The weather during the first two weeks of May this year was lovely – mild (warm, not hot) days and cool nights. Tomatoes have had the best start to the growing season I’ve seen in many years. The root systems of tomatoes that were planted in late April and early May (after a premature hot spell earlier in April) have developed quickly and flower set is excellent. Tomatoes that were planted in late March or April (before the hot spell) have mostly recovered from April’s heat stress followed by cooler than normal temperatures and also have good flower set; some have already set fruit.
Blossoms fall off when daytime temperatures are above 90 degrees and hormone fruit set sprays aren’t effective when temperatures are high. Make a note of the varieties that you’ve planted that tolerate hot weather best and replant the most successful types next year. Encourage fruit set by tapping the cages to release pollen from tomato flowers several times a week. Or, as one friend does, let the dog run around in the garden every day.
Fertilizers formulated for tomatoes will have lower nitrogen levels (the first number on the label) and higher phosphorus and potassium levels to promote flowering rather than foliage growth. They should also contain extra calcium, at least three to five per cent; extra calcium helps prevent blossom end rot when the bottom of the tomato turns gray and mushy. A tablespoon or two of bone meal or bulb food will also add extra calcium. Those fertilizers are worth the money (and can be used on all flowering plants) since the most common cause of poor flower and fruit set in tomatoes is too much nitrogen. Feed tomatoes by first irrigating the soil well, then lightly scratching in a half cup of a low nitrogen fertilizer and watering it in slowly.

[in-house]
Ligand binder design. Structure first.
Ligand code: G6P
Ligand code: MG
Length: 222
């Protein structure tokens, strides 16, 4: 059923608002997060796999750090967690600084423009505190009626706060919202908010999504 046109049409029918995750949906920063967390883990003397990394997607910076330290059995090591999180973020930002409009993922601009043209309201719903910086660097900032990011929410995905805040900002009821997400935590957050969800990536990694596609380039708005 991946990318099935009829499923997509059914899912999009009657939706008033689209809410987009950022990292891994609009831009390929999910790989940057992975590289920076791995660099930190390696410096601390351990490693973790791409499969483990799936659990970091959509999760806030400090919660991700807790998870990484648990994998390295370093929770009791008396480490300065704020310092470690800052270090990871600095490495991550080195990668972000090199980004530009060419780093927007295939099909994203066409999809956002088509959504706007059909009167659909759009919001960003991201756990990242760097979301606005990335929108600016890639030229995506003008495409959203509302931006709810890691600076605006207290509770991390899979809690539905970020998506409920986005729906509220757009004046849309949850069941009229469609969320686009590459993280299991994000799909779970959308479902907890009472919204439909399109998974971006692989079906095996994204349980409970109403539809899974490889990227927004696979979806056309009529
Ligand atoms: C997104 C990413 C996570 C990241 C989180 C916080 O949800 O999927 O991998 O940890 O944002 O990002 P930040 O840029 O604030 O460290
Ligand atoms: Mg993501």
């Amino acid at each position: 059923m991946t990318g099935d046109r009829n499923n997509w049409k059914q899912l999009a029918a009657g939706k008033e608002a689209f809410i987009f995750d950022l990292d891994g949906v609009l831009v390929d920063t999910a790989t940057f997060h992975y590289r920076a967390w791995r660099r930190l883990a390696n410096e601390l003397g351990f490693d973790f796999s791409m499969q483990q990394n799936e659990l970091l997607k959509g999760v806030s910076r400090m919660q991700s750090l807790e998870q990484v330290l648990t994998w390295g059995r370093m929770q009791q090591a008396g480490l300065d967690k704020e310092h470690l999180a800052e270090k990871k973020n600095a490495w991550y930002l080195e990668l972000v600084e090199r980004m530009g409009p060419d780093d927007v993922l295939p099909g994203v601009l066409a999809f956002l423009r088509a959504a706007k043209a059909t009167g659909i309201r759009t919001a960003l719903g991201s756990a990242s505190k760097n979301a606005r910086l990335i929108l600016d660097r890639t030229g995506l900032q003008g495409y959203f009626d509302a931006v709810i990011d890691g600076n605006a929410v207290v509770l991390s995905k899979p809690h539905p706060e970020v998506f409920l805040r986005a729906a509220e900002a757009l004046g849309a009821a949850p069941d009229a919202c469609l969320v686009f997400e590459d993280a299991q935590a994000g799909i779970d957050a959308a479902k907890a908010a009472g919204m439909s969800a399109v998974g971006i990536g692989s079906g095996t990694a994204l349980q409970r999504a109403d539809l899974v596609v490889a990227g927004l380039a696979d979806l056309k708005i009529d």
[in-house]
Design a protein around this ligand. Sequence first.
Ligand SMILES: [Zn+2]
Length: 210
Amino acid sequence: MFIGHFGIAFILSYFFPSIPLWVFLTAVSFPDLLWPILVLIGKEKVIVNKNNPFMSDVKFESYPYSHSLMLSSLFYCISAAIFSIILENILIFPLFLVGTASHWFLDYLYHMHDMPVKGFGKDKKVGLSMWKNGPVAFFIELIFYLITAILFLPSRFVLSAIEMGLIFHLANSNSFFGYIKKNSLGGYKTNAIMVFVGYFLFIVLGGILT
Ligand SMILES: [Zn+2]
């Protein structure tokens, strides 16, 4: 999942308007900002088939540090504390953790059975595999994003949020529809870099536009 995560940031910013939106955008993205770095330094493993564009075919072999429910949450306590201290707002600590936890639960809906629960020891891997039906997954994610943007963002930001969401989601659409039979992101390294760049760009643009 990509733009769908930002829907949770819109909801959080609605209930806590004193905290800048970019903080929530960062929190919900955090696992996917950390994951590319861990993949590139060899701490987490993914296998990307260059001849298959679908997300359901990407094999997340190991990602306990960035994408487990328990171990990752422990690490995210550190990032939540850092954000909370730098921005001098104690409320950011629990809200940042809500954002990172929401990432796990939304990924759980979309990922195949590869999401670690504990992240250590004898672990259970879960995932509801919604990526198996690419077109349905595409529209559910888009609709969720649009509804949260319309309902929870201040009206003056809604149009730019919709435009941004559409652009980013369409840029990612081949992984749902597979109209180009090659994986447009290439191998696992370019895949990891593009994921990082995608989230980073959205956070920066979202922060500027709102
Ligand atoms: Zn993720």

The most important feeding for tomatoes is given when the plants first set fruit. Feed again every four to six weeks. Determinate or bush varieties (Ace, Roma) have a shorter growing season than indeterminate or vine type tomatoes (Better Boy, Champion, Early Girl).
Sunscald on tomatoes is a common problem here in the central San Joaquin Valley. Yellow, leathery patches develop on the sides of fruit overexposed to sunlight. “Full sun” means six hours a day of sunlight; tomatoes planted in our “full sun” or fourteen hours a day of intense rays in July often suffer from sunscald. Many gardeners pinch off new shoots growing in the axils or branch joints of tomato plants to encourage bigger fruit size. However, tomatoes growing in our sunny climate need the shade provided by the extra leaves on those shoots to help prevent sunscald.
There are two types of skin cracking on tomatoes. Circular cracking is caused by inconsistent watering. Irrigate tomatoes when the top two or three inches of soil is dry which might mean hand watering in summer on days not on the mandated schedule.
Cracks that radiate from the stem occur when temperatures are above ninety degrees or when fruit receives too much sunlight. Cracked tomatoes can be eaten safely; just cut out or around the cracks. Do the same with the bottom ends of tomatoes affected by blossom end rot and enjoy the fruits of your labor.
Elinor Teague: firstname.lastname@example.org